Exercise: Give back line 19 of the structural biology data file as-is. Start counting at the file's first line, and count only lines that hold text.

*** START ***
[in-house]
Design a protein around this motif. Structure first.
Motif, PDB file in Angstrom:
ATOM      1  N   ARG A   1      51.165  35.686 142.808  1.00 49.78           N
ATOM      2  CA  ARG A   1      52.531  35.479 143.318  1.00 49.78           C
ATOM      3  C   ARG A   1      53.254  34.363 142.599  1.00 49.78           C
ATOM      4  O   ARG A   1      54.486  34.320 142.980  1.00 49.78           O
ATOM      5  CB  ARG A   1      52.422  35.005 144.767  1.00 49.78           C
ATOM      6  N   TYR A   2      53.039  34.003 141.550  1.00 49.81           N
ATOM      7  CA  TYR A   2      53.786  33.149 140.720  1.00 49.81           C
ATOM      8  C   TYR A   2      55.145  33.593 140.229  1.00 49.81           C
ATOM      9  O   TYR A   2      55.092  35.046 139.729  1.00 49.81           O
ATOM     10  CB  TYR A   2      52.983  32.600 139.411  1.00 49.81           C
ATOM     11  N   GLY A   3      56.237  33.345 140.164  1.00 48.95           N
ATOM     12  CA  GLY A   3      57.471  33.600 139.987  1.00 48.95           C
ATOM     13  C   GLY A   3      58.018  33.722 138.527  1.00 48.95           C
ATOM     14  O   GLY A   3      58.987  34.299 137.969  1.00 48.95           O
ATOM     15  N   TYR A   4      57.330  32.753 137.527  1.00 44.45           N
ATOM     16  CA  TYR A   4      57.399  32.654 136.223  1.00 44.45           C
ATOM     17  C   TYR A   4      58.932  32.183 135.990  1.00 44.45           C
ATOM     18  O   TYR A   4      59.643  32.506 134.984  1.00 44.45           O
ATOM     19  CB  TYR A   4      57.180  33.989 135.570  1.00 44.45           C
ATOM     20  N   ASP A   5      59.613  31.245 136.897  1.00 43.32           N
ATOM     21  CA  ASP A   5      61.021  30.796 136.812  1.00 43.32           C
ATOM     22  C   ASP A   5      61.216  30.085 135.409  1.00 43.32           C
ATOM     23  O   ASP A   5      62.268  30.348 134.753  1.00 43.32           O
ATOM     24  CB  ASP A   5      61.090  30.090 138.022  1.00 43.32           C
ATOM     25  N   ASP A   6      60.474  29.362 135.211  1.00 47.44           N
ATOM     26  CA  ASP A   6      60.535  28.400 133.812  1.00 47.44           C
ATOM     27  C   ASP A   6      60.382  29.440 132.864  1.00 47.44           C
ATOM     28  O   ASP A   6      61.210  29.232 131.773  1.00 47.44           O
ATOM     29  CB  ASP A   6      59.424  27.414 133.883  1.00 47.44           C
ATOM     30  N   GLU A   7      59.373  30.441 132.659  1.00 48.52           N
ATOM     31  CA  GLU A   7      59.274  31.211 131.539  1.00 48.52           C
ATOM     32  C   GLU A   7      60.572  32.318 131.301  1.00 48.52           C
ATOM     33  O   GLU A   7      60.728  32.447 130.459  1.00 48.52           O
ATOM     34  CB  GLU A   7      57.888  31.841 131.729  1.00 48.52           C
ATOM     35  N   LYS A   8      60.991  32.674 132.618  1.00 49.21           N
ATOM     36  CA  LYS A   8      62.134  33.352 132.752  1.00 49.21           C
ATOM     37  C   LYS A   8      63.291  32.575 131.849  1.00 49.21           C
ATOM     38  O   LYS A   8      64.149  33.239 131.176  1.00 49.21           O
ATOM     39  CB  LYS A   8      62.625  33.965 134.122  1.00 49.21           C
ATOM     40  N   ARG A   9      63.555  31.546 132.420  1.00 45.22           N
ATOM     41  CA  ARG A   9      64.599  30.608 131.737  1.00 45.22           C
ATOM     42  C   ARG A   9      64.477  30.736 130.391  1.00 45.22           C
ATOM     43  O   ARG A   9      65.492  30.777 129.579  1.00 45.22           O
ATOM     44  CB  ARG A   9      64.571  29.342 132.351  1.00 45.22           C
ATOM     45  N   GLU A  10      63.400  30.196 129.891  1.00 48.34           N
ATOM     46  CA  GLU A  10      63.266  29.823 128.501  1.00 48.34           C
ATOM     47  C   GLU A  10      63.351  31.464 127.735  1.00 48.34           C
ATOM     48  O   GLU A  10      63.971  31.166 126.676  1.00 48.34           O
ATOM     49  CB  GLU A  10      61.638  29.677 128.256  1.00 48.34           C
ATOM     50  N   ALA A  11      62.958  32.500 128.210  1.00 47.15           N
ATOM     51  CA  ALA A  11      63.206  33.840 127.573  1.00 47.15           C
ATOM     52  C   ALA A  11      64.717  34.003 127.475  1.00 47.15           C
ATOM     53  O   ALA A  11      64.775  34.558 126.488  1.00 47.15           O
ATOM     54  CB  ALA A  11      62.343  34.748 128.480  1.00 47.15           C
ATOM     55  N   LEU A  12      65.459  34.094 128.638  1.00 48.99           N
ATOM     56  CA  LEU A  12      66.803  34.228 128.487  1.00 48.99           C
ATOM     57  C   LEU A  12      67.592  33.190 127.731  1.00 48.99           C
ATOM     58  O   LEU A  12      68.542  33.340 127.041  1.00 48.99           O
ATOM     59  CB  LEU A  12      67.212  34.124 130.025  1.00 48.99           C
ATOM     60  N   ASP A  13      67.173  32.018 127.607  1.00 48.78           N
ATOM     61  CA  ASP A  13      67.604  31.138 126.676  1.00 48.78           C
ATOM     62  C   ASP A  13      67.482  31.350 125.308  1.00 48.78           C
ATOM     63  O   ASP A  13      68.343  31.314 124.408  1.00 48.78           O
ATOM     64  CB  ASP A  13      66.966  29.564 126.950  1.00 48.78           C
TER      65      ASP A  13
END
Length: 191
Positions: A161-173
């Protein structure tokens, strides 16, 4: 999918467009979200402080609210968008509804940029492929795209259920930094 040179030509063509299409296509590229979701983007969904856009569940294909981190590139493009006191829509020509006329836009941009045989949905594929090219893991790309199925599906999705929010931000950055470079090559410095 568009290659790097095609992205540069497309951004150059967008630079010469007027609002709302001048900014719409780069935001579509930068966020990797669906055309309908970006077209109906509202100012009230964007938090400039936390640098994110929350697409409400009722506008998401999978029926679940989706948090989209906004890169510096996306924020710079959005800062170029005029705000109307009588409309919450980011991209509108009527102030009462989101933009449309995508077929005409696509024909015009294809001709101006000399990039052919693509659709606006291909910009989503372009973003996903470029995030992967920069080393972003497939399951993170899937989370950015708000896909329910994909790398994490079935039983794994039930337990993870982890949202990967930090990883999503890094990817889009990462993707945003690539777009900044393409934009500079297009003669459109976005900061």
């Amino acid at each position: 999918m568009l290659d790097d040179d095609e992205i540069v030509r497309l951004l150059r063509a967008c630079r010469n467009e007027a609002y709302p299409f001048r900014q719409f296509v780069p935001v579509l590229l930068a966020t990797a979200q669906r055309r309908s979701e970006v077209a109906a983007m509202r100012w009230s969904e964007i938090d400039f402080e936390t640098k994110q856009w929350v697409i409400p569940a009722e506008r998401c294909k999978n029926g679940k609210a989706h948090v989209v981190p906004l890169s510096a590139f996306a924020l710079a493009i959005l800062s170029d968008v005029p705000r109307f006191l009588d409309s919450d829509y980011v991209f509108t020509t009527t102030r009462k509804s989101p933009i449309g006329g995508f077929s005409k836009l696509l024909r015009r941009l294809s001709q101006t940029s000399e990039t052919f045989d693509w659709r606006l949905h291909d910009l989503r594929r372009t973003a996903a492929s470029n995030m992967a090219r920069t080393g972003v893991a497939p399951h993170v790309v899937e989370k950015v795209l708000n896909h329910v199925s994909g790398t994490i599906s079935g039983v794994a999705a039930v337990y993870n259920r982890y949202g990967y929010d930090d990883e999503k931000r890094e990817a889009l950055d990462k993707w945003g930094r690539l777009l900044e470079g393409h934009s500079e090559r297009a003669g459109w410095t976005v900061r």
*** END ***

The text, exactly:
ATOM     16  CA  TYR A   4      57.399  32.654 136.223  1.00 44.45           C